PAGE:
They have excellent benefits and it's a large company I can grow with as they provide the opportunity for growth, promoting from within. I have other job possibilities also, ranging from 10 - 12 dollars an hour - all full time, but the one I want is the company that has the opportunity of personal growth. My interview with them is tomorrow.

On top of that, I am starting my own business - using my newly gained experience. Something is going to work out for me, or both things will given time. It's personal drive and a willingness to start from nothing which will get me anywhere.

You have to be willing to work your way up; start at the bottom and live on very little in the beginning of your career path to make it in this world. It has ALWAYS been like that, college degree or not.

If I can support two people on 7.35 an hour - rent, food, transportation and everything, and save for a future if two people are making that, then I see it as people being unwilling to live within their means - not that the economy is so bad that it cannot be done, because quite frankly, it can. You have to decide you can, and then do it with what you have.

You have to start low, putting in all the effort, in order to get something better. If you see everything as a stepping stone to the next step, then eventually you will get where you want to go. In the meantime, living within your means is key.

edit on 9-9-2014 by OpinionatedB because: (no reason given)



posted on Sep, 9 2014 @ 07:30 AM
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a reply to: OccamsRazor04This is indeed one of the manipulative ways that the western governments are destroying our economies. Their are so many regulations and red tape along with sky high taxes to keep the robber barrons that run our banking systems alive and well that we cannot compete with third world countries. Soon we will learn our lesson as most of western countries will start to have most of their populations living in third world conditions with occasional pockets of wealthy fortresses with in them. Some of the ways that we can solve some of the problems are to substacially reduce red tape, useless regulations and taxes. Standards must be at the point of sale on goods and services not at the point of manufactor which foreign made goods can often avoid. It should be put on the retailer to prove that standards are being met. This alone would bring many jobs back to the usa, canada, Australia, and England etc as it would be hard if not impossible in some cases to prove that standards were being met in third world countries and would increase the cost of importing goods.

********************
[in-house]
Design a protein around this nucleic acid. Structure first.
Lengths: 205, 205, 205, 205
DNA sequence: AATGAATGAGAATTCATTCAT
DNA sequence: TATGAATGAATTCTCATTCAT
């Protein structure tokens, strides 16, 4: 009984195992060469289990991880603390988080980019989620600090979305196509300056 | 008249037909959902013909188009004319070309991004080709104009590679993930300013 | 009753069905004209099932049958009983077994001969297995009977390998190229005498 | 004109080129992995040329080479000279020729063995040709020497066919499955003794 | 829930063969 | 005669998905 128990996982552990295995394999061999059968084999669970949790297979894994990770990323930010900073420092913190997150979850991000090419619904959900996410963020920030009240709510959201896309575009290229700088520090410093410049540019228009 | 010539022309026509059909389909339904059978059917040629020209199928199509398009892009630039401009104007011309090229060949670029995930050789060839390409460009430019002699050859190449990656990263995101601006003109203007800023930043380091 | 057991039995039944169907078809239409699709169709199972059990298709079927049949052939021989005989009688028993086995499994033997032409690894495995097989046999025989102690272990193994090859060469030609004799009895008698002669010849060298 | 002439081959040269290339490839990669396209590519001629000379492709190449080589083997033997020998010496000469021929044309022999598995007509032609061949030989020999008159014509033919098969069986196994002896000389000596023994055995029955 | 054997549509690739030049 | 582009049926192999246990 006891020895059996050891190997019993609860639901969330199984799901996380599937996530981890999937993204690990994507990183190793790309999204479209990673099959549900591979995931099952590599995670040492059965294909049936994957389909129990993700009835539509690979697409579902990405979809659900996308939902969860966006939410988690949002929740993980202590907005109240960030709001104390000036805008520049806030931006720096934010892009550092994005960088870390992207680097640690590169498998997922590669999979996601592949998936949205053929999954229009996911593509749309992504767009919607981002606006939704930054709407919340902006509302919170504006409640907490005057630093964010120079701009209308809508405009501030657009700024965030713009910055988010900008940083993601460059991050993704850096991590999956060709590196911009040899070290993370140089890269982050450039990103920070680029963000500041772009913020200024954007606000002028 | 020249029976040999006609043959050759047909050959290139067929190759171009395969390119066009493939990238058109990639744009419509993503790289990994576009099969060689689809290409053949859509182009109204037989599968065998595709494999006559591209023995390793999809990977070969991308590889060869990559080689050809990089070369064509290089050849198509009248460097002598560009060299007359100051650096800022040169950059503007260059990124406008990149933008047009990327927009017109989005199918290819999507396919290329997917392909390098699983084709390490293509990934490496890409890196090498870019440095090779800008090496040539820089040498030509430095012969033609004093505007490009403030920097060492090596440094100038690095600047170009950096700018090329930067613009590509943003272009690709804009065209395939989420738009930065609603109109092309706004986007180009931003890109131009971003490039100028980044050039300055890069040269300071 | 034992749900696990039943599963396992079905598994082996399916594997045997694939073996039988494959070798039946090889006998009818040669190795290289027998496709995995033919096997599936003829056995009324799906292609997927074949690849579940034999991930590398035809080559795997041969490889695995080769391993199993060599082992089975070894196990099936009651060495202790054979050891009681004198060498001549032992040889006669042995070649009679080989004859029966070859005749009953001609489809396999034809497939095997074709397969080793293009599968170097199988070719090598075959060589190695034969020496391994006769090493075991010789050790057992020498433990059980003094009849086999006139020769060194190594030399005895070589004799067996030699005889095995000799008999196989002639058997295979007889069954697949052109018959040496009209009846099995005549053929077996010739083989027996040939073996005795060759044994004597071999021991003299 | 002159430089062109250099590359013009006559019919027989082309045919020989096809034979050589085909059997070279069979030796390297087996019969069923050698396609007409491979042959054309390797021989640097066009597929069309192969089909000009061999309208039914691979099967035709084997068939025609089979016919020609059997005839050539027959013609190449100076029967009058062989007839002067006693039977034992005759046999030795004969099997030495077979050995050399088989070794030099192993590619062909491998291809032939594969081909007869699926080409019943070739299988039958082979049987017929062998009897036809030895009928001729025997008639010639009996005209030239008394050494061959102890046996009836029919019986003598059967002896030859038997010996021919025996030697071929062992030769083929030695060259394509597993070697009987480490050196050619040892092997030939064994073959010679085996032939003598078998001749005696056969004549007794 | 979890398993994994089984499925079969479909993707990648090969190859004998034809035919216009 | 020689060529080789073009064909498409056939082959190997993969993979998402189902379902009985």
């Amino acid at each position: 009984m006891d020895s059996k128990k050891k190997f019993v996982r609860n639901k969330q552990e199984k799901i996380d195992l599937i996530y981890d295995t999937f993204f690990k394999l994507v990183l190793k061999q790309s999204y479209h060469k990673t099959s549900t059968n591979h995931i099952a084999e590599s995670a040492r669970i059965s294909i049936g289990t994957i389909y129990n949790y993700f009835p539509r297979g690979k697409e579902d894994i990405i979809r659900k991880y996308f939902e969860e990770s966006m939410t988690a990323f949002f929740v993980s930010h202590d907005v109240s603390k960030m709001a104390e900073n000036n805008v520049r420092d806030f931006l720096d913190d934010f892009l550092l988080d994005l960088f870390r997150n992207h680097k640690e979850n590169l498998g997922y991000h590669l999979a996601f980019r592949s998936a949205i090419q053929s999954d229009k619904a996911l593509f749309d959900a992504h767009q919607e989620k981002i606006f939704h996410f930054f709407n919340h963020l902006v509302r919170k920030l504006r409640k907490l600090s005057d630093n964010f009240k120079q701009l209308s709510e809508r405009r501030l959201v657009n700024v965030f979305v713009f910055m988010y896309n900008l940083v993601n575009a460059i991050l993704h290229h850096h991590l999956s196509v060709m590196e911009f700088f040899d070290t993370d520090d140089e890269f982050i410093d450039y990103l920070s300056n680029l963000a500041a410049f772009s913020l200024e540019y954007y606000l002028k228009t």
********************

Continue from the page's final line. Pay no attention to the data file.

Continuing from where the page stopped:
Entreponours should be encouraged to set up more small businesses particularly in fields that dont yet exist. Home based businesses should be encouraged and given tax holidays under a certain turnover in non conventional fields



posted on Sep, 9 2014 @ 07:44 AM
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How about we freeze the prices and raise the minimum wage and they can make the difference out of corporate profits and CEOs salaries and bonuses? How is that for an idea? Mcdonalds made 1.5 billion in 2013, I hardly feel sorry for billionaires losing a few dollars so people can afford to live.



posted on Sep, 9 2014 @ 09:34 AM
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a reply to: damwel Hm. I have to say, I may be with you on that one. It would be nice if we lived in a world of natural market forces....but, unfortunately we don't. We live in a world where one group has and uses all the power to manipulate and fabricate market forces, through artificial scarcity, future shares buying, and price fixing. If this is indeed the world we live in, then we should engage in it to protect our own interests, as no one else will. Until then, we will be at their mercy, with them dictating (as they do) how little they want to pay us for our labor, and how much they want to charge us for their services/products.